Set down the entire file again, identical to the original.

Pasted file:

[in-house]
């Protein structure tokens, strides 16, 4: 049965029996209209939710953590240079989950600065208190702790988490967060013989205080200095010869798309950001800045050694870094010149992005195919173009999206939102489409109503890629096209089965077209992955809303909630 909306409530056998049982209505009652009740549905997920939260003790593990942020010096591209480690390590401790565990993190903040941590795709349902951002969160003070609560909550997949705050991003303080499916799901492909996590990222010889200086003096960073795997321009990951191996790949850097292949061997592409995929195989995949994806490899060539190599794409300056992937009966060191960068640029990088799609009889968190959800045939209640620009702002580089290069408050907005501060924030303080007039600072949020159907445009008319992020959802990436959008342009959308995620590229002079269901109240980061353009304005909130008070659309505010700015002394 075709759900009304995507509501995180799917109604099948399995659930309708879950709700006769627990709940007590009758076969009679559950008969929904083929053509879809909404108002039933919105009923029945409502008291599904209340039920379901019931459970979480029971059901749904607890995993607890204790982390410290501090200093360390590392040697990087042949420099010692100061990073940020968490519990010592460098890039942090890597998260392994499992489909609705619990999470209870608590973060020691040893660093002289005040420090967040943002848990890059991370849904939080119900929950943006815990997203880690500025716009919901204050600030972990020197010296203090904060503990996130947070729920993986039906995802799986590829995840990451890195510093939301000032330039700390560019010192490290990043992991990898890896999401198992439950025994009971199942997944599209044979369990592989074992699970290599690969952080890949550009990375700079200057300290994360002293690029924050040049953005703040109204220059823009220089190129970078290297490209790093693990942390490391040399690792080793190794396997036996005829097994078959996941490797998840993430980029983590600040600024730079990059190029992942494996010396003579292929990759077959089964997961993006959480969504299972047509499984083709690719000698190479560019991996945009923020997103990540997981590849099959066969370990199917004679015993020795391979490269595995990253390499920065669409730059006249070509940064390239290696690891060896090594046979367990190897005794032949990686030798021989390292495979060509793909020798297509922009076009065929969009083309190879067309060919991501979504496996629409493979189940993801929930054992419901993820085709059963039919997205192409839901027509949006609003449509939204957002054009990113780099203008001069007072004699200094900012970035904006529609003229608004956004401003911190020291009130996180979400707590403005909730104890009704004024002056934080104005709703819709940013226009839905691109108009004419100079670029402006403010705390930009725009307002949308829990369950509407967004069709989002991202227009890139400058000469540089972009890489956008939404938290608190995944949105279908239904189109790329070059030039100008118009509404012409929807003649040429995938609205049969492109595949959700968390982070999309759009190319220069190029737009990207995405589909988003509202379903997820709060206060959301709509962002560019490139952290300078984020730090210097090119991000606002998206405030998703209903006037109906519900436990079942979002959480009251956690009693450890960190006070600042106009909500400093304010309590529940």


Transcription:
[in-house]
């Protein structure tokens, strides 16, 4: 049965029996209209939710953590240079989950600065208190702790988490967060013989205080200095010869798309950001800045050694870094010149992005195919173009999206939102489409109503890629096209089965077209992955809303909630 909306409530056998049982209505009652009740549905997920939260003790593990942020010096591209480690390590401790565990993190903040941590795709349902951002969160003070609560909550997949705050991003303080499916799901492909996590990222010889200086003096960073795997321009990951191996790949850097292949061997592409995929195989995949994806490899060539190599794409300056992937009966060191960068640029990088799609009889968190959800045939209640620009702002580089290069408050907005501060924030303080007039600072949020159907445009008319992020959802990436959008342009959308995620590229002079269901109240980061353009304005909130008070659309505010700015002394 075709759900009304995507509501995180799917109604099948399995659930309708879950709700006769627990709940007590009758076969009679559950008969929904083929053509879809909404108002039933919105009923029945409502008291599904209340039920379901019931459970979480029971059901749904607890995993607890204790982390410290501090200093360390590392040697990087042949420099010692100061990073940020968490519990010592460098890039942090890597998260392994499992489909609705619990999470209870608590973060020691040893660093002289005040420090967040943002848990890059991370849904939080119900929950943006815990997203880690500025716009919901204050600030972990020197010296203090904060503990996130947070729920993986039906995802799986590829995840990451890195510093939301000032330039700390560019010192490290990043992991990898890896999401198992439950025994009971199942997944599209044979369990592989074992699970290599690969952080890949550009990375700079200057300290994360002293690029924050040049953005703040109204220059823009220089190129970078290297490209790093693990942390490391040399690792080793190794396997036996005829097994078959996941490797998840993430980029983590600040600024730079990059190029992942494996010396003579292929990759077959089964997961993006959480969504299972047509499984083709690719000698190479560019991996945009923020997103990540997981590849099959066969370990199917004679015993020795391979490269595995990253390499920065669409730059006249070509940064390239290696690891060896090594046979367990190897005794032949990686030798021989390292495979060509793909020798297509922009076009065929969009083309190879067309060919991501979504496996629409493979189940993801929930054992419901993820085709059963039919997205192409839901027509949006609003449509939204957002054009990113780099203008001069007072004699200094900012970035904006529609003229608004956004401003911190020291009130996180979400707590403005909730104890009704004024002056934080104005709703819709940013226009839905691109108009004419100079670029402006403010705390930009725009307002949308829990369950509407967004069709989002991202227009890139400058000469540089972009890489956008939404938290608190995944949105279908239904189109790329070059030039100008118009509404012409929807003649040429995938609205049969492109595949959700968390982070999309759009190319220069190029737009990207995405589909988003509202379903997820709060206060959301709509962002560019490139952290300078984020730090210097090119991000606002998206405030998703209903006037109906519900436990079942979002959480009251956690009693450890960190006070600042106009909500400093304010309590529940």